Michael Irvin started a conversation a few days ago in one of the LinkedIn groups I belong to. Can respect be demanded or must it be earned? There were a number of really good points made along the way, but in reading the thread it occurred to me that this either/or thinking was keeping the discussion too narrowly confined.
I think perhaps we need to add a third “bucket” to this conversation.
To DEMAND respect has too much of a “gimme” connotation to it; sounds a little despotic. If you demand from people, they eventually get resentful. This isn’t helpful.
To EARN respect is to acquire it through hard work and experience. This is certainly foundational, but perhaps still just shy of the mark we want to hit personally and professionally. Just because you’ve put in time in the trenches doesn’t mean you got it right, nor does it mean that people will give you respect for it even if you did.
Let’s COMMAND respect; deserve and receive as due. Be honest. Be genuine. Be true to yourself and your principles. Do your homework. Push forward for the greater good. The people that matter are the ones that will respect you for it; the ones that don’t respect this don’t matter.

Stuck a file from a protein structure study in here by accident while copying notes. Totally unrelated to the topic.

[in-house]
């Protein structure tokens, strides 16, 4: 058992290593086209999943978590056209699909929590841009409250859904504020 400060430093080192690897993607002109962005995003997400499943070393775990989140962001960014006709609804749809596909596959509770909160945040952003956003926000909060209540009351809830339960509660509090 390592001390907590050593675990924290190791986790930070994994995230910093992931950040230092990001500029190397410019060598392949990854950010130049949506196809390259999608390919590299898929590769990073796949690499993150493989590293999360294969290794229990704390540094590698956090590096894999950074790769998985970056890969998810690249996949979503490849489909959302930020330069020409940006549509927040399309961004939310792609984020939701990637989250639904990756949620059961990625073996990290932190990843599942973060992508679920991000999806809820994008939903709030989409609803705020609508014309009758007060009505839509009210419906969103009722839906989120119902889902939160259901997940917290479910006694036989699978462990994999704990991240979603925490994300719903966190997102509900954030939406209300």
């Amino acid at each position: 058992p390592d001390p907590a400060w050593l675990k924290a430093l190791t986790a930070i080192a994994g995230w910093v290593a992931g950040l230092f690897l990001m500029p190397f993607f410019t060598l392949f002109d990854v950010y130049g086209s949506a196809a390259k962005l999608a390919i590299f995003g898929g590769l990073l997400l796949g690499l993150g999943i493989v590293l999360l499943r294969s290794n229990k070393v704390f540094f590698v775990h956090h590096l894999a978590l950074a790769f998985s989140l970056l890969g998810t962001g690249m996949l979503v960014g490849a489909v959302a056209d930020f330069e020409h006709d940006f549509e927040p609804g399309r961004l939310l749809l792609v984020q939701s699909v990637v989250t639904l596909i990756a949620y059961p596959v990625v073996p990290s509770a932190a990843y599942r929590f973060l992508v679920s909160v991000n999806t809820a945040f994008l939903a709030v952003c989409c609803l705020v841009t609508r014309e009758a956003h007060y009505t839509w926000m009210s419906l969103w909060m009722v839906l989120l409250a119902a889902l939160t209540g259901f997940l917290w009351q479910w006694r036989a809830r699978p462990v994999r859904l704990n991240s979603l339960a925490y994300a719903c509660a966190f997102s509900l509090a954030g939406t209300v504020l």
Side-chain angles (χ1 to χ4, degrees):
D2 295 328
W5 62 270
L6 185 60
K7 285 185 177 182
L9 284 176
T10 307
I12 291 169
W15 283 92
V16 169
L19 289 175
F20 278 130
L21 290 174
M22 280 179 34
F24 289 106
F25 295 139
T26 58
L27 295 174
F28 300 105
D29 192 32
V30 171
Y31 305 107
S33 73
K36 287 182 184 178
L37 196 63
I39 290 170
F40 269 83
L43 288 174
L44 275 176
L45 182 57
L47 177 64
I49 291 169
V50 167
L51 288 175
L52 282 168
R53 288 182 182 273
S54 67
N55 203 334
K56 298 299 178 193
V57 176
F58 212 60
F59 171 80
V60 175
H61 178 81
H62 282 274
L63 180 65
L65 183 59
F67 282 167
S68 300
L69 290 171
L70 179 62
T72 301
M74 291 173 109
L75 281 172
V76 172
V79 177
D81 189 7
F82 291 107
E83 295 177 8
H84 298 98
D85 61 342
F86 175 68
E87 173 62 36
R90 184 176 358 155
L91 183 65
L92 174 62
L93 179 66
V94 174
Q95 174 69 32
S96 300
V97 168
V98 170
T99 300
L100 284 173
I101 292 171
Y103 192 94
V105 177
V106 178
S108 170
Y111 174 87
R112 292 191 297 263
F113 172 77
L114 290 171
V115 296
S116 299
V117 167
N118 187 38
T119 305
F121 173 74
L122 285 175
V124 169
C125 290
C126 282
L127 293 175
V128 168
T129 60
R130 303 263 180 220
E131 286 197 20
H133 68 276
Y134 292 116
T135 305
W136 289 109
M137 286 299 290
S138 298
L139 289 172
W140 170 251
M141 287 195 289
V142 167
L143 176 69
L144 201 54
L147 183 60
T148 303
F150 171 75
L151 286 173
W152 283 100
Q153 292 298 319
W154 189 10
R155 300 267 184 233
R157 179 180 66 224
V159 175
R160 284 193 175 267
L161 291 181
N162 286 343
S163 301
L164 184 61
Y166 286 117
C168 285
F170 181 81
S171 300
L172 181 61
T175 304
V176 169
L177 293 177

Respect is kind of like applause. You can hold up the “applaud” sign to your audience when you want them to clap; hopefully they’ll play along. You can execute a technically perfect performance for the audience and get some legitimate appreciative noise. Or you can say to hell with the audience and throw yourself wholeheartedly into your work for the personal joy and sense of accomplishment it provides YOU — and maybe your audience will get caught up in the moment with you. And just maybe they’ll give you a standing ovation for digging that deep.
Go for the ovation.